Our Daily Caselaw Summary writers have served up some interesting cases this week:
In Colorado, the Supreme Court issued Air Wisconsin Airlines v. Hoeper, which found an airline was not immune from a defamation claim by an employee under the Aviation Transportation Safety Act. In that case, the employee was authorized to carry a firearem on the planes he flew, but was reported by a trainer to be “disgruntled” and that he posed a threat with a gun. The Colorado Supreme Court upheld the defamation victory, adding that the airline was not immune from suit or defamation under the ATSA and that the record supported the jury’s finding of clear and convincing evidence of actual malice.
In Homan v. Branstad, the Iowa Supreme Court found that the governor improperly vetoed several provisions in an appropriations bill passed in the General Assembly. Primarily at issue was $8.66 million the legislature appropriated in section 15 for the operation of Iowa Workforce Development (IWD) field offices. The Supreme Court found that portions of the vetoes did not comply with the item-veto amendment of the state constitution and because the Governor unconstitutionally item vetoed “conditions or restrictions” on the appropriations without vetoing the accompanying appropriations; and when the Governor impermissibly item vetoes a condition on an appropriation during the pocket veto period, the appropriation item fails to become law.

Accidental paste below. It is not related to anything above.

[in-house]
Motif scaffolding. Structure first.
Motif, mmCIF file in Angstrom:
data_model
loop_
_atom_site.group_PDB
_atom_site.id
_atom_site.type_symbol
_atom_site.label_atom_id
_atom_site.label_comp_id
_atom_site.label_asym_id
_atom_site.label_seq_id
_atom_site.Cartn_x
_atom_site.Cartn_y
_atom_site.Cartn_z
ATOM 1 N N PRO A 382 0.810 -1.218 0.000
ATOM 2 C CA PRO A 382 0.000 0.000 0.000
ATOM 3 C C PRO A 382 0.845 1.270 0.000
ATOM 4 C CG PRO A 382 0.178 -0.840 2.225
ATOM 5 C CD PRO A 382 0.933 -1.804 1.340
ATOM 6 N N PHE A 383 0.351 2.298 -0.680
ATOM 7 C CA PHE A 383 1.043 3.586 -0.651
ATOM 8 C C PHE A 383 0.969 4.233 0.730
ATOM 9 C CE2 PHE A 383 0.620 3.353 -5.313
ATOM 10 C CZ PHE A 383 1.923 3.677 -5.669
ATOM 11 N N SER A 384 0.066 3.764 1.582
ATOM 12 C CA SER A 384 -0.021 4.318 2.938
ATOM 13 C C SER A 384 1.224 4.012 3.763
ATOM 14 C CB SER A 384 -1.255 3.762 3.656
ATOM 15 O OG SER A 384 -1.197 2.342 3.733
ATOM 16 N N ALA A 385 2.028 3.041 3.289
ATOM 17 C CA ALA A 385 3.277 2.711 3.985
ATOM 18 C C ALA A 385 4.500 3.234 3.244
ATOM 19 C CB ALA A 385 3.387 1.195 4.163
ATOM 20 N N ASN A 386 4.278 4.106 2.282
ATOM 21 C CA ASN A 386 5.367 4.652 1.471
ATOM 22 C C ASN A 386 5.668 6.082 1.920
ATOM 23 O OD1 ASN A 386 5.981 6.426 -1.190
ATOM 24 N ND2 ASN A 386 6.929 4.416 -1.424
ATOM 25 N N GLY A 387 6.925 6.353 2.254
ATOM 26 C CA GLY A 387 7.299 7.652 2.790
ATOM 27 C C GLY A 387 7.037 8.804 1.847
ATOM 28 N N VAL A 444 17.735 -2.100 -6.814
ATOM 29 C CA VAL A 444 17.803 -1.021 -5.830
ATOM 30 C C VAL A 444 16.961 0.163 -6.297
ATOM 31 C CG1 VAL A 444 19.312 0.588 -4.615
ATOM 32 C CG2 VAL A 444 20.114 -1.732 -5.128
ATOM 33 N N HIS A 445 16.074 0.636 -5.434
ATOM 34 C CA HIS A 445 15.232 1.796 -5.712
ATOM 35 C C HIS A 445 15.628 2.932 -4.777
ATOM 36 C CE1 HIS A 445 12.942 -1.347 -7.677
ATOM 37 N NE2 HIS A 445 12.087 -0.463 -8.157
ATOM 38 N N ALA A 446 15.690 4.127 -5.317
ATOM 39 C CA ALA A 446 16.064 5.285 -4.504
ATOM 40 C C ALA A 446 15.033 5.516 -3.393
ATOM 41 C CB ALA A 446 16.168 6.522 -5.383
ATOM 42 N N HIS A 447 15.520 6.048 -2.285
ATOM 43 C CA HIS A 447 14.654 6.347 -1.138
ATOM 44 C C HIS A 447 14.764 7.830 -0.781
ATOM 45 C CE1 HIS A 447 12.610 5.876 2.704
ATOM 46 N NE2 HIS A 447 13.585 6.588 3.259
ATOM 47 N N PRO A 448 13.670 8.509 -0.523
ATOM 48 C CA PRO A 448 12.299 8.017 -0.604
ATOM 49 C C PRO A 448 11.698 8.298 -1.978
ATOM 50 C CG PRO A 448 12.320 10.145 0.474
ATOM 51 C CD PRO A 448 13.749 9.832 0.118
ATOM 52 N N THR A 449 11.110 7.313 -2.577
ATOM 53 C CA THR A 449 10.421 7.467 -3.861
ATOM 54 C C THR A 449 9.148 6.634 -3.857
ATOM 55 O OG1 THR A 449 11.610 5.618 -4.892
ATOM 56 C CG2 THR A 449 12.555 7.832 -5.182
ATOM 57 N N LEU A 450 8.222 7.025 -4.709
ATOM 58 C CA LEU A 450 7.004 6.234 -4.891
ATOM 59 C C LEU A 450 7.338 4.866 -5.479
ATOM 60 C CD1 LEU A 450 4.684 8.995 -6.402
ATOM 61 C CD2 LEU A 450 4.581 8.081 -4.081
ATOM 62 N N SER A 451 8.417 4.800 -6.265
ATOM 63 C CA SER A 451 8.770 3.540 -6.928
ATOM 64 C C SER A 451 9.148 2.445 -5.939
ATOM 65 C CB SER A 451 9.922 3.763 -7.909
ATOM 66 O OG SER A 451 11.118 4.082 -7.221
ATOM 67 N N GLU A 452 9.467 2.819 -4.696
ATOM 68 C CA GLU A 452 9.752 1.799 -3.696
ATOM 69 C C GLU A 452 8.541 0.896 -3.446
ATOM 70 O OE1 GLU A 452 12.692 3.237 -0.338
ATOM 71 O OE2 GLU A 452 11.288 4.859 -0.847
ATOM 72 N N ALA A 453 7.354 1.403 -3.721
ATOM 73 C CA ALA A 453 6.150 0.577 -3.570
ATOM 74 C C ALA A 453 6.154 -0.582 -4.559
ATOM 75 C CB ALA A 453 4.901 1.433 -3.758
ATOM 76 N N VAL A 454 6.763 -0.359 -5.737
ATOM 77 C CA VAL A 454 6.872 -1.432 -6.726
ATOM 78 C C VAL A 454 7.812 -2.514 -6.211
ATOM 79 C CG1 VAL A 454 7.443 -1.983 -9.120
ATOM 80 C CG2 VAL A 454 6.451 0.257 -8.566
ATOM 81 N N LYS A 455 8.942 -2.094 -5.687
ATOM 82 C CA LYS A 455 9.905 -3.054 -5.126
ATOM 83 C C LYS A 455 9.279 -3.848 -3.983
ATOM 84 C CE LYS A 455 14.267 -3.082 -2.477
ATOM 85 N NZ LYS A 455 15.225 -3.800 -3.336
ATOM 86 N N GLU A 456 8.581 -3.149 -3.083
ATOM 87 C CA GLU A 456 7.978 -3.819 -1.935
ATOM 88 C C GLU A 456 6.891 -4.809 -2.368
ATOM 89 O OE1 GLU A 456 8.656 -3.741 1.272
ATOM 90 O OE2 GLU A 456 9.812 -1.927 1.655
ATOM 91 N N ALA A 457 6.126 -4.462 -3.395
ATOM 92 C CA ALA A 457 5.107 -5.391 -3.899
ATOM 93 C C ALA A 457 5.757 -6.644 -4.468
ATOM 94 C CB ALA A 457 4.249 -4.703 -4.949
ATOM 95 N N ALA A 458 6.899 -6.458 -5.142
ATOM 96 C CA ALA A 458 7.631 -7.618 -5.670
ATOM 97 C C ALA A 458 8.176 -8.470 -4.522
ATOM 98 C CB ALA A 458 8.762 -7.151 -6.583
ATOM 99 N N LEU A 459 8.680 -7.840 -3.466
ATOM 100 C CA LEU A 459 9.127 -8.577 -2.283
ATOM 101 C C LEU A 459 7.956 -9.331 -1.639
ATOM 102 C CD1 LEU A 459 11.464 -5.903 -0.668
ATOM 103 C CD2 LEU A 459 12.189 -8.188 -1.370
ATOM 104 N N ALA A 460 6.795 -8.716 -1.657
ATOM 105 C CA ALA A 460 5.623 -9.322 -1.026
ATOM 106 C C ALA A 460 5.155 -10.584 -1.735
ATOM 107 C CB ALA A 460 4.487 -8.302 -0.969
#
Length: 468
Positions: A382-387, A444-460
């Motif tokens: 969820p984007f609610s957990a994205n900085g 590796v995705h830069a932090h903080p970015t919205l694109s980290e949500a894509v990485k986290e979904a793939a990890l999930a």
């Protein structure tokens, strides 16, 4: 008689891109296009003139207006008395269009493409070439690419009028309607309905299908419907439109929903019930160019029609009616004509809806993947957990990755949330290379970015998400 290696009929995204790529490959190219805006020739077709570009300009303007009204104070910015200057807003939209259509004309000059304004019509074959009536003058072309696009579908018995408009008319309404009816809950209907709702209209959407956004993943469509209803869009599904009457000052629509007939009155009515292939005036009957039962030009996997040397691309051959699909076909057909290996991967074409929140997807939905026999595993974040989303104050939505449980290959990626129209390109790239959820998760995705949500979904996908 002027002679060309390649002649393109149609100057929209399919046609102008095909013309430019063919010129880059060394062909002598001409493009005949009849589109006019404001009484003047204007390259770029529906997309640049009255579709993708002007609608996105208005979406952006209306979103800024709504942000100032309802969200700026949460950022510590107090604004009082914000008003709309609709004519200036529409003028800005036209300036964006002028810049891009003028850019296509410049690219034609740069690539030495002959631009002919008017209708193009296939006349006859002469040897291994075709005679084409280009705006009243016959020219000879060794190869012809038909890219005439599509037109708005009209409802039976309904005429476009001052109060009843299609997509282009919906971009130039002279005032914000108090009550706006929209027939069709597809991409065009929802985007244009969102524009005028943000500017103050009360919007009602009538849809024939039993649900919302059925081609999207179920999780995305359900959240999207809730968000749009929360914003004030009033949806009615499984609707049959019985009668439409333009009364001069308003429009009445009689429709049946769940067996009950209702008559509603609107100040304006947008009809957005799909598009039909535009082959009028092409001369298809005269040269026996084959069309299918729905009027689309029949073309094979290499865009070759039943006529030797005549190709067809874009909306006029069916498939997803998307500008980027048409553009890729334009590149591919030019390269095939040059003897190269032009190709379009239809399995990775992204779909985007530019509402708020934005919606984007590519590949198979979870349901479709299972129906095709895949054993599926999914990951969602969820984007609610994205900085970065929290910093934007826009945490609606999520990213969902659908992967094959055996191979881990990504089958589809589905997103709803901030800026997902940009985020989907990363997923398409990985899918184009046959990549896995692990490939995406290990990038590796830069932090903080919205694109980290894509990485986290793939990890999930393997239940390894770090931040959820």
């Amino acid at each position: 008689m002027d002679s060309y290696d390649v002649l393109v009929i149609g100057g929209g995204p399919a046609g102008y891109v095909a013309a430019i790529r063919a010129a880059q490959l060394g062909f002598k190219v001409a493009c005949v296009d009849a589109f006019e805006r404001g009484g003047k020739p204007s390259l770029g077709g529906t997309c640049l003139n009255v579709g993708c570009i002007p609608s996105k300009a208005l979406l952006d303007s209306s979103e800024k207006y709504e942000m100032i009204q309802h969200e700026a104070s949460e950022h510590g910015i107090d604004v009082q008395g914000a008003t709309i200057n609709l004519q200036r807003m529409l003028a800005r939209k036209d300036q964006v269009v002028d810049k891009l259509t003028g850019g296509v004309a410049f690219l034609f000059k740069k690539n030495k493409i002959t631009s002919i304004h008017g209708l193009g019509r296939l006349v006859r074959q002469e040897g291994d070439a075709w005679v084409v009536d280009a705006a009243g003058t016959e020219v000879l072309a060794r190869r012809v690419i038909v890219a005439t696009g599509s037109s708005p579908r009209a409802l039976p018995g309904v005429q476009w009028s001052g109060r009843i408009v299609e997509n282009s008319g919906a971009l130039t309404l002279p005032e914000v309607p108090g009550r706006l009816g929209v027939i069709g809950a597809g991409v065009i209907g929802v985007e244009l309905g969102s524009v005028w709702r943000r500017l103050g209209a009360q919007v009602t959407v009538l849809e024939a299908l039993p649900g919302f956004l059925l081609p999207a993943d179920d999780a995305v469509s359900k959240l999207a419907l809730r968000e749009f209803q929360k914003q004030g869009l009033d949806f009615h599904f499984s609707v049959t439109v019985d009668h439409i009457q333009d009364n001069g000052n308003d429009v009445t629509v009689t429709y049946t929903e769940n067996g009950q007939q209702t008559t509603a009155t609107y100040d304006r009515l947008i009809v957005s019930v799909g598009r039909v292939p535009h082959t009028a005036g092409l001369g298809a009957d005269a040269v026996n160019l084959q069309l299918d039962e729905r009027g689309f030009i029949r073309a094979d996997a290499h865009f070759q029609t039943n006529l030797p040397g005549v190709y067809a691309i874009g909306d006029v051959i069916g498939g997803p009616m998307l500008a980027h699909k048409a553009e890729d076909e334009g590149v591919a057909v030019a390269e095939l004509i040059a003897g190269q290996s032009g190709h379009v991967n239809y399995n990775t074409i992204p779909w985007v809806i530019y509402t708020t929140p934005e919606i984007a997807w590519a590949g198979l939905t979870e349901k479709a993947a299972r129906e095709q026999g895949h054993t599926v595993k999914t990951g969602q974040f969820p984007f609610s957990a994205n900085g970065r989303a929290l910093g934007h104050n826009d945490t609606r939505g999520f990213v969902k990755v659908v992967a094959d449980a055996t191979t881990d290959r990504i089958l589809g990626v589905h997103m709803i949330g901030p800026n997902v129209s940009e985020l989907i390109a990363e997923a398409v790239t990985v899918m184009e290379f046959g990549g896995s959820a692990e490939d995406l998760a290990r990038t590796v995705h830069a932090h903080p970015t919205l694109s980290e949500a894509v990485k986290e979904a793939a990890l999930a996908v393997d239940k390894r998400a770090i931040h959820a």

The United States Supreme Court issued a patent opinion this week in Mayo Collaborative Services v. Prometheus Laboratories. The Court held that the process of measuring matabolite levels in a patient’s blood to determine the proper dosage of thiopurine drugs to treat autoimmune diseases was not patentable. The court explained that the claimed process was based on a law of nature and involved well-understood, routine, conventional activity previously engaged in by researchers in the field. At the same time, upholding the patents would risk disproportionately tying up the use of the underlying natural laws, inhibiting their use in the making of further discoveries.
Finally, in Wachovia Secs. LLC v. Banco Panamericano, Inc., the 7th Circuit allowed plaintiff Wachovia to pierce the corporate veil to collect a judgment from the so called “Bad Boys of Chicago Arbitage” [I had to look that up: Arbitage means “The simultaneous buying and selling of securities, currency, or commodities in different markets or in derivative forms in order to take advantage of differing prices for the same asset”]. The “bad boys” (and they really were, it seems) tried to funnel assets through several holdings to avoid debt on a margin call from Wachovia. The district court pierced Loop’s corporate veil, found the owners personally liable, and voided as fraudulent Banco’s lien, the “compensation” payments, and payments to the golf company, and the 7th Circuit upheld.